Optimizing Performance: A Deep Dive into Transcend Consent Architecture
At a glance
Airgap.js is a client-side Consent Management Platform library that powers Transcend Consent, letting you manage tracking events generated by third-party trackers on your site.
Using Airgap.js, your site can allow some tracking events and quarantine others—replaying them only if and when your user later consents, at an appropriate place in their user journey. Airgap.js can also block unwanted tracking events entirely.
As Airgap.js can only regulate network requests after it loads, it’s critical that Airgap.js is loaded synchronously as soon as your site loads. This is a blocking request that must be completed before you can load other regulated resources. This means that Airgap.js performance is of utmost importance.
In this post, we’ll cover how Airgap.js was architected for performance at every stage of its lifecycle. In some cases, our research shows that websites using Airgap.js can even perform faster than the same site without Airgap.js.
Table of contents
Section 1: Airgap.js loads quickly
When you include an Airgap.js bundle on your site, you are including:
The core Airgap.js library that acts as a smart firewall over outgoing network traffic in the browser
Your company-specific data flow and cookie information that tells the Airgap.js firewall which flows/cookies require which user consent preferences
Injected region information, where the script will know what region the user is requesting the script from based on their IP address
This is all present in the one script, which is why we call it your “bundle”. In this section we explore the download part of the script itself, along with everything else that happens on the network side before the download can begin.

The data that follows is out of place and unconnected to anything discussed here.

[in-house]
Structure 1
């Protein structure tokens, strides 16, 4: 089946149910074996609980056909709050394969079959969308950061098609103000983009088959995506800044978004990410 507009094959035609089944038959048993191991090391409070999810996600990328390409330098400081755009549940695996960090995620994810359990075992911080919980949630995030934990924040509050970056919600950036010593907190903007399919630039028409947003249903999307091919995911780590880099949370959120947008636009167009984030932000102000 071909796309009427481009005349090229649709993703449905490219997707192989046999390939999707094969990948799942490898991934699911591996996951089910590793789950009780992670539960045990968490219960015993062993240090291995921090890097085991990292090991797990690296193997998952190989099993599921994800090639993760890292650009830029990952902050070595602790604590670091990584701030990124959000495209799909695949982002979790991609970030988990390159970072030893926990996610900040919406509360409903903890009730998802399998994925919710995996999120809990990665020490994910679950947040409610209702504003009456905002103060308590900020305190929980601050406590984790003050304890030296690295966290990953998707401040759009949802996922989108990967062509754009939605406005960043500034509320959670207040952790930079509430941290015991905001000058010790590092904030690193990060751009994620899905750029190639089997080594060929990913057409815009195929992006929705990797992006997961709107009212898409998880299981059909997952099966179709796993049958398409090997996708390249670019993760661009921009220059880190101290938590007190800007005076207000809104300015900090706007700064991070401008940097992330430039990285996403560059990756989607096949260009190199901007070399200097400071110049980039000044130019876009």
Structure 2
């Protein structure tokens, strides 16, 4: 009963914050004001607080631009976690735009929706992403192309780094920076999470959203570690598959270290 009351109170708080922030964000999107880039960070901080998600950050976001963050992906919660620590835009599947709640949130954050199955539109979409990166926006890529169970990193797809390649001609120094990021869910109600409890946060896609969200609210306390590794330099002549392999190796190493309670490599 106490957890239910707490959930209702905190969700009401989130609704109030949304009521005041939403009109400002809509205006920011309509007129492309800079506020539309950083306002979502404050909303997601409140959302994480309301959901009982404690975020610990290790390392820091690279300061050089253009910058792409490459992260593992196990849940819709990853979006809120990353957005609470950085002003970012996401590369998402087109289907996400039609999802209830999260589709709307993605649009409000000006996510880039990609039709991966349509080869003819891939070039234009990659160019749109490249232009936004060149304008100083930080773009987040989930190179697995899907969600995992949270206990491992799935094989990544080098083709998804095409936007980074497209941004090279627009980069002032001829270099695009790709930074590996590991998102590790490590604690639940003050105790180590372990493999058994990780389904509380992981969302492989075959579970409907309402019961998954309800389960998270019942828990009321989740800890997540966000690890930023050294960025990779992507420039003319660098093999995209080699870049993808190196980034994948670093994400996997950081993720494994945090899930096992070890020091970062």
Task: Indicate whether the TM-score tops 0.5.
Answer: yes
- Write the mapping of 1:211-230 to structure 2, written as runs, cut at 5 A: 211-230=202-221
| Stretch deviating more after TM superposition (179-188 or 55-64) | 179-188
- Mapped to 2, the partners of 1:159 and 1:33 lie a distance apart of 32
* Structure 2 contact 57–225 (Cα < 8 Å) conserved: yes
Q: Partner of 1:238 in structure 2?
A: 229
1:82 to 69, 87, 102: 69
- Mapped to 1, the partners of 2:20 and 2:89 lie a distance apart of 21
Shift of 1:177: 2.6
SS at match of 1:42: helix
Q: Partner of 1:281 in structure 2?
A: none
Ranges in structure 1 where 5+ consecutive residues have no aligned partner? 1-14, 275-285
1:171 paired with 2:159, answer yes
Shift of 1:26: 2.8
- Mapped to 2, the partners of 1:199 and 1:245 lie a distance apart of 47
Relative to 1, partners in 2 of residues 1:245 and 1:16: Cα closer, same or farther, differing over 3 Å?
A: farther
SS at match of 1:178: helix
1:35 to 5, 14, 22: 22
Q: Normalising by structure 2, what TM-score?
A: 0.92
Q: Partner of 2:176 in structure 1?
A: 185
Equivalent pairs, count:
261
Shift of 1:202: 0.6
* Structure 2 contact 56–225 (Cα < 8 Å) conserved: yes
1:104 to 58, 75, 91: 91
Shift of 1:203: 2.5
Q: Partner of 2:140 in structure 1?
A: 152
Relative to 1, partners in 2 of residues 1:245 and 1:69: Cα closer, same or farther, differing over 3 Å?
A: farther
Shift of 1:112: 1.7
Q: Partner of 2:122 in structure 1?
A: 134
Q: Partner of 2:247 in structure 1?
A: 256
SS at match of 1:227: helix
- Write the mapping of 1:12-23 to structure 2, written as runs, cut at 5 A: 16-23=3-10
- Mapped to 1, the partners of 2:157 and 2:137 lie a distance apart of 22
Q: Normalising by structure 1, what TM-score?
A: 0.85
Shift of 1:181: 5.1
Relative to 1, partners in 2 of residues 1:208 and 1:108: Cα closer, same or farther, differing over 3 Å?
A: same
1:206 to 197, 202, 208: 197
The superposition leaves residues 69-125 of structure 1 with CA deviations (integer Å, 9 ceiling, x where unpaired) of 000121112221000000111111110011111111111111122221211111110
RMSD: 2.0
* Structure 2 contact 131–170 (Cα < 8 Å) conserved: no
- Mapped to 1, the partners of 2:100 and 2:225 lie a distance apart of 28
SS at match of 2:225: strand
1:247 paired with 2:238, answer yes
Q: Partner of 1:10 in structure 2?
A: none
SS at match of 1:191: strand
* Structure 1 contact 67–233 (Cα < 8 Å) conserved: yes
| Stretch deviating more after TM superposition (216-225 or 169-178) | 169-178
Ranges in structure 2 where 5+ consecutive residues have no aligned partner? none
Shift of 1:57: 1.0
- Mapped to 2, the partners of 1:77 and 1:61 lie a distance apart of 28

Before we dive into the details of why Airgap loads so quickly, head to the PageSpeed Insights page for our company homepage. Here, we can use transcend.io as an example of a website using our own consent manager, but you can use this tool to test your own site for Airgap’s performance as well. This is especially useful if you are deploying your Airgap.js bundle to a dev/staging environment before launching it in production.
Under the “Avoid chaining critical requests” column you can see the requests that must complete before other content on the page can load. If you ignore the fact that our Marketing team uses a lot of fonts, you’ll notice that the bottom request is our Airgap.js bundle:
This shows us two things:
It took the browser 30ms to initiate a request to our CDN, start downloading, and complete downloading the bundle. In practice, we typically see results between 30ms-70ms with this tool.
This particular compressed bundle is 37.28 KiB. Remember that this includes both Airgap.js as well as our company configuration, so your bundle size may differ a bit.
If you go to that PageSpeed site, you will likely see slightly different values as each load re-computes the bundle size and load time.
This is graph shows a website loading 50 times, each with airgap.js enabled vs. disabled, showing no statistically significant difference between First Contentful Paint metrics.
Downloading a bundle is fast
We built Airgap.js with a number of rules that keeps our size small:
Zero third-party dependencies: Our production Airgap.js build includes zero third-party dependencies, ensuring that we control every line of code that’s included. This is primarily a security measure, but has the benefit of helping to keep our bundle small.